Pantera () was an American heavy metal band from Arlington, Texas. The group was formed in 1981 by the Abbott brothers – drummer Vinnie Paul and guitarist Dimebag Darrell – along with lead vocalist Terry Glaze. Bassist Rex Brown joined the band the following year, replacing Tommy D. Bradford, who was the unofficial original. Having started as a glam metal band, Pantera released four albums during the 1980s. Looking for a new and heavier sound, Pantera replaced Glaze with Phil Anselmo in late 1986 and released Power Metal in 1988. With its fifth album, 1990's Cowboys from Hell, Pantera introduced the groove metal genre, while its 1992 follow-up Vulgar Display of Power exhibited an even heavier sound. Far Beyond Driven (1994) debuted at number one on the Billboard 200. In addition to their contribution to the groove metal genre, Pantera is credited (along with Sepultura and Machine Head) for being part of the second wave of thrash metal scene in the early-to-mid 1990s.Tensions began to surface among the band members when Anselmo became addicted to heroin in 1995; he almost died from an overdose in 1996. These tensions resulted in the recording sessions for The Great Southern Trendkill (1996) being held separately. The ongoing tension lasted for another seven years, during which only one studio album, Reinventing the Steel (2000), was recorded. Pantera went on hiatus in 2001 but was disbanded by the Abbott brothers in 2003 amid communication problems and their conclusion that Anselmo would not return to the band.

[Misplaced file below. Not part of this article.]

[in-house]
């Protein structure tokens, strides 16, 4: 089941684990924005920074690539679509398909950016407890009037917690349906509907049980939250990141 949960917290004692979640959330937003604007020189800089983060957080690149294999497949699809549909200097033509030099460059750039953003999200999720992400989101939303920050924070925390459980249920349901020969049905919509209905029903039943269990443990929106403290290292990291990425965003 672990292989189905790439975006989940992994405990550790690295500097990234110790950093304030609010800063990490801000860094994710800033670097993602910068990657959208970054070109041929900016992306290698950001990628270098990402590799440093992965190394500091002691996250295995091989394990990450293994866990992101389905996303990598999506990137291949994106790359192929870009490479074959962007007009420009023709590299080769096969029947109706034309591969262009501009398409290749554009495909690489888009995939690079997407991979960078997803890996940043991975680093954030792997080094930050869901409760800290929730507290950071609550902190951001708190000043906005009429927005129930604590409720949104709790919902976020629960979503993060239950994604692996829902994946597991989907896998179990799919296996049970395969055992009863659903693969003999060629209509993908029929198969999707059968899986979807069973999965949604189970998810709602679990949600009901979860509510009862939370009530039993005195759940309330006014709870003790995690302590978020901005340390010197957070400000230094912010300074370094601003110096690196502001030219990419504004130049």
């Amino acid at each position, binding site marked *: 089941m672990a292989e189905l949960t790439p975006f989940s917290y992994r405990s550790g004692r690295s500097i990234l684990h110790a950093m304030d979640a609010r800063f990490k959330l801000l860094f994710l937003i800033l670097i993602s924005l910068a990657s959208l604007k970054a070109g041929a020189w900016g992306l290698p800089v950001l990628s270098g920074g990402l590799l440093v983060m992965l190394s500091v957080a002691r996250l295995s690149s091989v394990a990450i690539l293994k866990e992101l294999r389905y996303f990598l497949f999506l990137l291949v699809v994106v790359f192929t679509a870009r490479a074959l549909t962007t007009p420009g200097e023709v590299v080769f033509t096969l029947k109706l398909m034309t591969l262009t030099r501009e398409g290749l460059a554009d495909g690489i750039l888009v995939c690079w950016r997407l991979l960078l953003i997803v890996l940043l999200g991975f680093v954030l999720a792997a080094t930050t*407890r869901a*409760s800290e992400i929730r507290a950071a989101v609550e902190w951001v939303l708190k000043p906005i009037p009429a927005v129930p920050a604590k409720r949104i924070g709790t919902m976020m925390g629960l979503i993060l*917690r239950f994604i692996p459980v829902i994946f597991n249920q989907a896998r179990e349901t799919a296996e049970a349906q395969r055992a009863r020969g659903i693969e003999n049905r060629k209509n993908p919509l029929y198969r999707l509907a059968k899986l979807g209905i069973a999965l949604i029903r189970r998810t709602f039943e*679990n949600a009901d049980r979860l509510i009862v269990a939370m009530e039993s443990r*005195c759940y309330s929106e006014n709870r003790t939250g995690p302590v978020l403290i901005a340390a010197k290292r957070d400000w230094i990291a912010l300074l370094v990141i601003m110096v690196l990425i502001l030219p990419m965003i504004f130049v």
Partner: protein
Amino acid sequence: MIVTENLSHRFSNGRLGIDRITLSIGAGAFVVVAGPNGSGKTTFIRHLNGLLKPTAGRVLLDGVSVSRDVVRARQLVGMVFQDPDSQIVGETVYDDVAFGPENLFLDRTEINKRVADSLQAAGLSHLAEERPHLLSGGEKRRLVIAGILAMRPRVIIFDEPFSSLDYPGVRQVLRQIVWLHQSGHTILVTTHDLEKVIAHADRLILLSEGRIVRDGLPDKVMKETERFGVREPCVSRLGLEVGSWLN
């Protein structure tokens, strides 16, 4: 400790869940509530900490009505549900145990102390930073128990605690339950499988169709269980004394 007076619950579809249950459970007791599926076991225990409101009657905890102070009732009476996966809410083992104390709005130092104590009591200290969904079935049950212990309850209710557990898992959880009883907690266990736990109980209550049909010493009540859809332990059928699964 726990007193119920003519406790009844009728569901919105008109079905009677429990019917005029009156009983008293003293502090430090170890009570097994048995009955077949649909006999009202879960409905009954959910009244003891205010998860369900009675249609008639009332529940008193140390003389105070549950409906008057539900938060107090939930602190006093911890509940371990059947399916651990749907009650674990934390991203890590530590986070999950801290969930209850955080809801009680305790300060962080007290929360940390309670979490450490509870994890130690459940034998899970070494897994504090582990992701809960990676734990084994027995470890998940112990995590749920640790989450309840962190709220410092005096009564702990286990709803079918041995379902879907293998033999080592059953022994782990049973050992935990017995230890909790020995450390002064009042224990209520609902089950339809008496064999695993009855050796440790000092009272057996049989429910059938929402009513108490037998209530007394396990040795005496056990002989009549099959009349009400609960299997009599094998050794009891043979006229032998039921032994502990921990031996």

The Abbott brothers went on to form Damageplan, while Anselmo continued work on several side projects, including Down, which Brown joined as well. Any hopes for a reunion were lost on December 8, 2004 when Darrell was shot and killed on stage by a mentally unstable fan during a Damageplan concert in Columbus, Ohio. Paul died of heart failure in 2018, leaving Glaze and Brown as the only surviving members of the band's original line-up.